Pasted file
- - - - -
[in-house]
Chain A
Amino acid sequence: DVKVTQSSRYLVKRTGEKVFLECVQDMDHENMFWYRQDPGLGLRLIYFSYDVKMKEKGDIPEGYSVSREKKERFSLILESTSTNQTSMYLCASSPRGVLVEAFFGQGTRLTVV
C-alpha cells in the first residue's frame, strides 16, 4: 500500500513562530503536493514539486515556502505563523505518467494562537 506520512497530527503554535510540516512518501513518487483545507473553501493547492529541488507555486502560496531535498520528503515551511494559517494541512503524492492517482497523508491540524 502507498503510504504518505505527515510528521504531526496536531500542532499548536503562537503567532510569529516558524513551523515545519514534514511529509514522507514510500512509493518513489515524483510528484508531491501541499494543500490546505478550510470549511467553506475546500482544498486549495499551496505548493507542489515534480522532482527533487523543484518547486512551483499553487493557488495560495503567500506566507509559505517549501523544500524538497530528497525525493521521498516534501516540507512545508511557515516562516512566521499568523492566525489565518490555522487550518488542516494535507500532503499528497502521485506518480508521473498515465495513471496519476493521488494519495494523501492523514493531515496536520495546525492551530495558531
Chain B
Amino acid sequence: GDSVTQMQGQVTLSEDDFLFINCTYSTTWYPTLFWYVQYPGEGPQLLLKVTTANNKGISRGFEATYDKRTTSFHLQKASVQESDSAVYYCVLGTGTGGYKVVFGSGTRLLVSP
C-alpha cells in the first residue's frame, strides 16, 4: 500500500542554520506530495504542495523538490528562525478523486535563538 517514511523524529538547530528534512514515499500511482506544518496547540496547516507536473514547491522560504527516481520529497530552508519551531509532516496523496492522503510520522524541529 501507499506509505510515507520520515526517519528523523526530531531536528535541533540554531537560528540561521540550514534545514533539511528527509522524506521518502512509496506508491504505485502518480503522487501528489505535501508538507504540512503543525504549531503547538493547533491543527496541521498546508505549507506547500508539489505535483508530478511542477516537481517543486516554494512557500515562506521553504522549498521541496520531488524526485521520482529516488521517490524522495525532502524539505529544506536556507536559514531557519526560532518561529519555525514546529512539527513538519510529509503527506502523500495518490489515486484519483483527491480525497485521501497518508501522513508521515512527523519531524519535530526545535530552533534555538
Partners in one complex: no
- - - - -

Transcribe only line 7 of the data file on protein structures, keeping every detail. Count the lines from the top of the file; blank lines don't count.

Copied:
C-alpha cells in the first residue's frame, strides 16, 4: 500500500542554520506530495504542495523538490528562525478523486535563538 517514511523524529538547530528534512514515499500511482506544518496547540496547516507536473514547491522560504527516481520529497530552508519551531509532516496523496492522503510520522524541529 501507499506509505510515507520520515526517519528523523526530531531536528535541533540554531537560528540561521540550514534545514533539511528527509522524506521518502512509496506508491504505485502518480503522487501528489505535501508538507504540512503543525504549531503547538493547533491543527496541521498546508505549507506547500508539489505535483508530478511542477516537481517543486516554494512557500515562506521553504522549498521541496520531488524526485521520482529516488521517490524522495525532502524539505529544506536556507536559514531557519526560532518561529519555525514546529512539527513538519510529509503527506502523500495518490489515486484519483483527491480525497485521501497518508501522513508521515512527523519531524519535530526545535530552533534555538